Meeting with the committed designer Mossi Traoré

Meeting with the committed designer Mossi Traoré

Mossi Traoré is very quickly interested in clothing that he perceives as the ultimate means of expression

in the city where he grew up.

He makes fashion a positive means of social expression. Winner of the Pierre-Bergé 2020 prize, head of a

committed brand and of the haute couture school “Les Ateliers Alix”, Mossi Traoré is an example for a whole

generation. Interview. View more Why do you need to know about “Casablanca”, the Franco-Moroccan brand that invites you to travel?

Charaf Tajer has succeeded in electrifying fashion with his exotic wardrobes. Under the colorful silk of Casablanca,

the designer imagines sunny silhouettes as an ode to his childhood summers spent in Morocco. Portrait.

By Alexandre Marain

Meeting with the committed designer Mossi Traoré


How did you get interested in fashion?

Mossi Traoré. “When I was sixteen or seventeen, my wardrobe consisted of a pair of Levi’s 501 jeans, some

Lacoste jogging bottoms that I wore tucked into my socks – a big trend at the time – and a pair of Clarks.

My friends, older than me, dressed in designer clothes that they had fun stealing from department stores.

I was a bit of a nerd compared to them, so one day I decided to go alone to get my baptism of fire…

At the time, did you feel out of step with the dress codes of your city?

Completely. There was Mossi and there was the others. I grew up in a city where the dress codes are the same

as in Saint-Denis, Aubervilliers and Orly. I liked to be different. It was a way to assert myself in the heart

of a neighborhood where you blend in. When I wore faded jeans, for example, my friends liked to tease me.

Two years later, they all had the same jeans!

Air Jordan Xiii Size 13

  • Mossi Traoré
  • Olesya Shilkina
  • How was your fashion culture formed ?

In 2022, before entering my training as a fashion designer at the Parisian school Mod’Art, the admissions officer

had asked me to visit an exhibition. So I went to the Musée des Arts Décoratifs, which was showing the work

of Yohji Yamamoto. It was he who made me understand that creating is a form of freedom.

A real revelation, then… Do other designers inspire you?

When I was younger, I was fascinated by Giorgio Armani and his self-taught path. I loved this designer so much

that I worked as a manager in one of his boutiques.

I was also fascinated by manga, especially the Greek deities of the Knights of the Zodiac and their ancient

Greek-inspired dresses. I asked my fashion design teacher for advice and she told me about Madame Grès.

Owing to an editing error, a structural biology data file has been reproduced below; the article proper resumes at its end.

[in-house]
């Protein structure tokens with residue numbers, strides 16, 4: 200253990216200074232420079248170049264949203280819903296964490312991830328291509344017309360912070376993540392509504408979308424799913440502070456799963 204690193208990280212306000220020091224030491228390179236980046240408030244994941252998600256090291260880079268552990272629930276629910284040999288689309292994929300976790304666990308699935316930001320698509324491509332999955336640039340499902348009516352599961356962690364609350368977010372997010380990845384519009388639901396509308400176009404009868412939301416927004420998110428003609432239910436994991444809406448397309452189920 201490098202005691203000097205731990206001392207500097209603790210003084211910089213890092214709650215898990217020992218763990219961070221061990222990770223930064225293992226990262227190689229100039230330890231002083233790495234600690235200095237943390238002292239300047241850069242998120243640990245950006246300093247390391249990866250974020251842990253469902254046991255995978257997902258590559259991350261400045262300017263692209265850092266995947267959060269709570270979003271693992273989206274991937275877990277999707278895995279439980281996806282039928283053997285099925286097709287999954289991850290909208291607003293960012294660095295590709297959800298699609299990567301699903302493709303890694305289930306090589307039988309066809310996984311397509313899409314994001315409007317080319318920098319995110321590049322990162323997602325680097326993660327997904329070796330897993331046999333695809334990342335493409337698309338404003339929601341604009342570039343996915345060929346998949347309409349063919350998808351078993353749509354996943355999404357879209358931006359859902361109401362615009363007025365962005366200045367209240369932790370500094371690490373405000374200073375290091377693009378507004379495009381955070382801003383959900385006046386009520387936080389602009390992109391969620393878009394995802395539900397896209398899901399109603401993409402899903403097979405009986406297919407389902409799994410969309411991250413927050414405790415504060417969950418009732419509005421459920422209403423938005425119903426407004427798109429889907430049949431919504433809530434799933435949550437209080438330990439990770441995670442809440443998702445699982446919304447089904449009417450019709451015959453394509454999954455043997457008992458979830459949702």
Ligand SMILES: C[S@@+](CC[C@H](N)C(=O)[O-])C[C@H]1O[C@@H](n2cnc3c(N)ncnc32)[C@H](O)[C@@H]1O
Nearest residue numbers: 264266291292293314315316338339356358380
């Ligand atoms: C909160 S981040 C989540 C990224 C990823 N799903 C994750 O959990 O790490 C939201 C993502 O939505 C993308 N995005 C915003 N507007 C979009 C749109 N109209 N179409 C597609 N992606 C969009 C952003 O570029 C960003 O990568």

I fell in love with her sublime sculptural creations when I discovered her work at the Bourdelle Museum

in 2022. John Galliano and Issey Miyake also inspired me a lot.

You also draw inspiration from your travels. How do they enrich your creative power?

Whether I’m visiting Japan, South Korea, India or staying in Paris, it’s the encounters I have that inspire

me. I think of the Korean artist Lee Bul, who is very inspiring in terms of architecture, or Lee Bae, an

artist I met during an exhibition in Paris who elevates coal into a work of art. The customers who visit

my store at the Carrousel du Louvre are also very influential. Sometimes I don’t introduce myself to them

and I leave the discussion open. I am nourished by these exchanges, by their view of my work. to get The Alix Workshops

Les Ateliers Alix

You describe your brand as “made in suburbia”…

It’s like a label. The suburbs are also a niche for creative people. Every year, I organize artistic and cultural

events to reveal the talents of my city and bring the inhabitants of my neighborhood closer to art in all its forms.

As the head of a collaborative brand, I like to bring the work of the artists I collaborate with on the walls of

my city. The “made in suburb” finally, it is a concrete way to break the borders.

Can you tell us about your school “Les Ateliers Alix”?

This school aims to preserve the heritage of haute couture work techniques and to train the technicians of tomorrow.

I wanted to share my experience to help young people not to make the same mistakes I did. Initially, my goal was

to train students in art direction. I quickly realized that there was a real need in the field of couture. Unlike

many private schools, ours has training that is almost entirely covered by financial aid.

What would you change in the fashion industry if you could?

I’m not going to be a hypocrite: HANSELGRETELARMORY, I love this business. But I sometimes have trouble with its snob and elitist side. Considering the influence

of certain houses and designers, fashion has the capacity to make things change and bring something positive

to society, Nike Zoom Train Incredibly Fast Men’s Training Shoes From China . More than change, I would say evolution.

What advice would you give to a young designer who wants to start in fashion?

To be patient and to have a solid project before accumulating ideas”.

Also read on

Men’s trend: what is this fashion detail that changes everything?Street style: how to wear (well) jogging in 2021?5

down jackets to face the end of winter with style